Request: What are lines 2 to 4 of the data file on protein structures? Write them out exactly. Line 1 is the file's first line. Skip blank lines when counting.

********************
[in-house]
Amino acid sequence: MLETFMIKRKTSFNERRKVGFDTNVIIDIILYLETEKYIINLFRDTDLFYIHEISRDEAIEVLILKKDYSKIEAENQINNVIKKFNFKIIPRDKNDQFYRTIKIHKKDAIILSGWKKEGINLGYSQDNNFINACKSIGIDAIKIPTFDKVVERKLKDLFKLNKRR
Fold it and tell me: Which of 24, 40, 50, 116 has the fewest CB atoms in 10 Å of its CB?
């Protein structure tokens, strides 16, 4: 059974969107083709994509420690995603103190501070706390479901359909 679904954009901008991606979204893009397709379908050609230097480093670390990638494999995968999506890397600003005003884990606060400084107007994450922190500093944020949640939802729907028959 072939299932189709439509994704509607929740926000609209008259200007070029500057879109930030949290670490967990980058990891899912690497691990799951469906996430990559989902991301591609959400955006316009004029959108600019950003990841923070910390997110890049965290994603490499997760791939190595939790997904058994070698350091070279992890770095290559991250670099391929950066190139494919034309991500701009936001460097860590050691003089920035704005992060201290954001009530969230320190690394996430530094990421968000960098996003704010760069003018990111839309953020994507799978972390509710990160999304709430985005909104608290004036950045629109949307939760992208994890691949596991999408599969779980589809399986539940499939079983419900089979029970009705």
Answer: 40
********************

Amino acid sequence: MLETFMIKRKTSFNERRKVGFDTNVIIDIILYLETEKYIINLFRDTDLFYIHEISRDEAIEVLILKKDYSKIEAENQINNVIKKFNFKIIPRDKNDQFYRTIKIHKKDAIILSGWKKEGINLGYSQDNNFINACKSIGIDAIKIPTFDKVVERKLKDLFKLNKRR
Fold it and tell me: Which of 24, 40, 50, 116 has the fewest CB atoms in 10 Å of its CB?
């Protein structure tokens, strides 16, 4: 059974969107083709994509420690995603103190501070706390479901359909 679904954009901008991606979204893009397709379908050609230097480093670390990638494999995968999506890397600003005003884990606060400084107007994450922190500093944020949640939802729907028959 072939299932189709439509994704509607929740926000609209008259200007070029500057879109930030949290670490967990980058990891899912690497691990799951469906996430990559989902991301591609959400955006316009004029959108600019950003990841923070910390997110890049965290994603490499997760791939190595939790997904058994070698350091070279992890770095290559991250670099391929950066190139494919034309991500701009936001460097860590050691003089920035704005992060201290954001009530969230320190690394996430530094990421968000960098996003704010760069003018990111839309953020994507799978972390509710990160999304709430985005909104608290004036950045629109949307939760992208994890691949596991999408599969779980589809399986539940499939079983419900089979029970009705």